Who the hell do we think we are?
Travelers frequently make bad patriots, I think, at least in the ideological sense of loving your own country above all others. Because the message of travel is always that, at some level we're all the same. Every culture is full of both beauty and horror.
And it's true, as I sit here, loving Mexico with Angel in a cool cafe in the middle of a beautiful neighborhood in Mexico City, reading about American politics, one of my recurring thoughts is, who the hell do Americans think they are?
It's a thought that has come up for me backpacking in Australia, living in New Zealand, running in Spain, and hiking in Chile.
Do we think we're the best when a host of other countries have objectively happier, healthier populations?
Do we think we're immune to failure when stronger countries have fallen in the past?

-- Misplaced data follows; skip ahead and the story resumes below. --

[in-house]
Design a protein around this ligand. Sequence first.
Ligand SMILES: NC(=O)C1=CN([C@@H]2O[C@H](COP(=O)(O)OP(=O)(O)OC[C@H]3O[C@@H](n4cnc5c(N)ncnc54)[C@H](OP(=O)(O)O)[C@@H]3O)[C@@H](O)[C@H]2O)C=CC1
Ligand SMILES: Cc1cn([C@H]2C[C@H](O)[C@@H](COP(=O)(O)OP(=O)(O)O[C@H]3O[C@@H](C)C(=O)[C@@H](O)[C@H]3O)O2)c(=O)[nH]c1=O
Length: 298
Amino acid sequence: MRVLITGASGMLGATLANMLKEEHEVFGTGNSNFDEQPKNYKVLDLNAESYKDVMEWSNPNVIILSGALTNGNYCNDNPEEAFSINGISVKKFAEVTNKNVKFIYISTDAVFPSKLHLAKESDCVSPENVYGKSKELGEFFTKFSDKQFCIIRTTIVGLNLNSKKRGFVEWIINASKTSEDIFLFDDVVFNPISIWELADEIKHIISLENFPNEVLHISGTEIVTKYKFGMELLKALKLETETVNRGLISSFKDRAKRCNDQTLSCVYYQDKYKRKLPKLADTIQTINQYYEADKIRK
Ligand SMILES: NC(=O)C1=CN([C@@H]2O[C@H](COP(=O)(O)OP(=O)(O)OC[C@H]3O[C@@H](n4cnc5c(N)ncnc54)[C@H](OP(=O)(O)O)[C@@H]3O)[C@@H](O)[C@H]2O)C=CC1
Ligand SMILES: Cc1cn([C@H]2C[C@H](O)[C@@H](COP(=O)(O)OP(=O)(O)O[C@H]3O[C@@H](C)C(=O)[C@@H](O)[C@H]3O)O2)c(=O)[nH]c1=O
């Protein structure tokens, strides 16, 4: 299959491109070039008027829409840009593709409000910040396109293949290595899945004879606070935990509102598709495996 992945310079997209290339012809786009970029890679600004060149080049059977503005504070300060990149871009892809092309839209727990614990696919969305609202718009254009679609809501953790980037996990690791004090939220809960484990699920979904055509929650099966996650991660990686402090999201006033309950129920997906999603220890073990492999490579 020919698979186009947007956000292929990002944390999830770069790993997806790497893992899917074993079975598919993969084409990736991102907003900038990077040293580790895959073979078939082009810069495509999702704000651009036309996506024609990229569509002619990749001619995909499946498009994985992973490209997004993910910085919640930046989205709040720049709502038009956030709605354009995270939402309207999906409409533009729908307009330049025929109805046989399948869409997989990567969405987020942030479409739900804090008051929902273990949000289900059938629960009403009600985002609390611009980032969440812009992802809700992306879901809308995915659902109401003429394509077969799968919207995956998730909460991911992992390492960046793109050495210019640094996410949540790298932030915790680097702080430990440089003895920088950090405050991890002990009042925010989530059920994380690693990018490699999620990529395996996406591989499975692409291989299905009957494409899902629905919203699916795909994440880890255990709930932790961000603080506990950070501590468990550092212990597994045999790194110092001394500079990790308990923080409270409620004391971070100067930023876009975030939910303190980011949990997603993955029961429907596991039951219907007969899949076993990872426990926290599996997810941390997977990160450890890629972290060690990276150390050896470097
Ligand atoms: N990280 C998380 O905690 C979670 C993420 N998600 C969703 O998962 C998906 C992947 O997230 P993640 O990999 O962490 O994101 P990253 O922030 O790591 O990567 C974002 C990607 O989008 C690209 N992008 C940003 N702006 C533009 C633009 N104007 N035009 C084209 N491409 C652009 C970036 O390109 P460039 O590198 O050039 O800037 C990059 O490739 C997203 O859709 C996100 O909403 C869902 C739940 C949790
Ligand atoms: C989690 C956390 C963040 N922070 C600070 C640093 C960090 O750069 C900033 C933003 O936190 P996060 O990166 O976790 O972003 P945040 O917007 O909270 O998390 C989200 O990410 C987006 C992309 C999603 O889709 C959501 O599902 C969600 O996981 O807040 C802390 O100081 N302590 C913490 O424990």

Do we think we possess moral authority when we've spent decades undermining democracies across the globe?
Do we think we're committed to equality when we institutionalize racism and hand power over to the bankers and the wealthy?
Who the hell do we think we are and where do we get off calling ourselves great?
An inspiring way to end this would be to point out American positives despite all of the negatives, but traveling, sometimes I think maybe it's better not to: to reject American exceptionalism and dwell on the negatives a bit so we can put America in a global and historical perspective.
America is not greater than empires that have fallen in the past, and it is not "the greatest country in the world" by any objective measure. It is a deeply flawed empire that has done some things well and failed dramatically at times, morally, intellectually, and spiritually.
Which is exactly why Americans need to put in the work. The message of travel, and of history, is that we are vulnerable, and we can do better.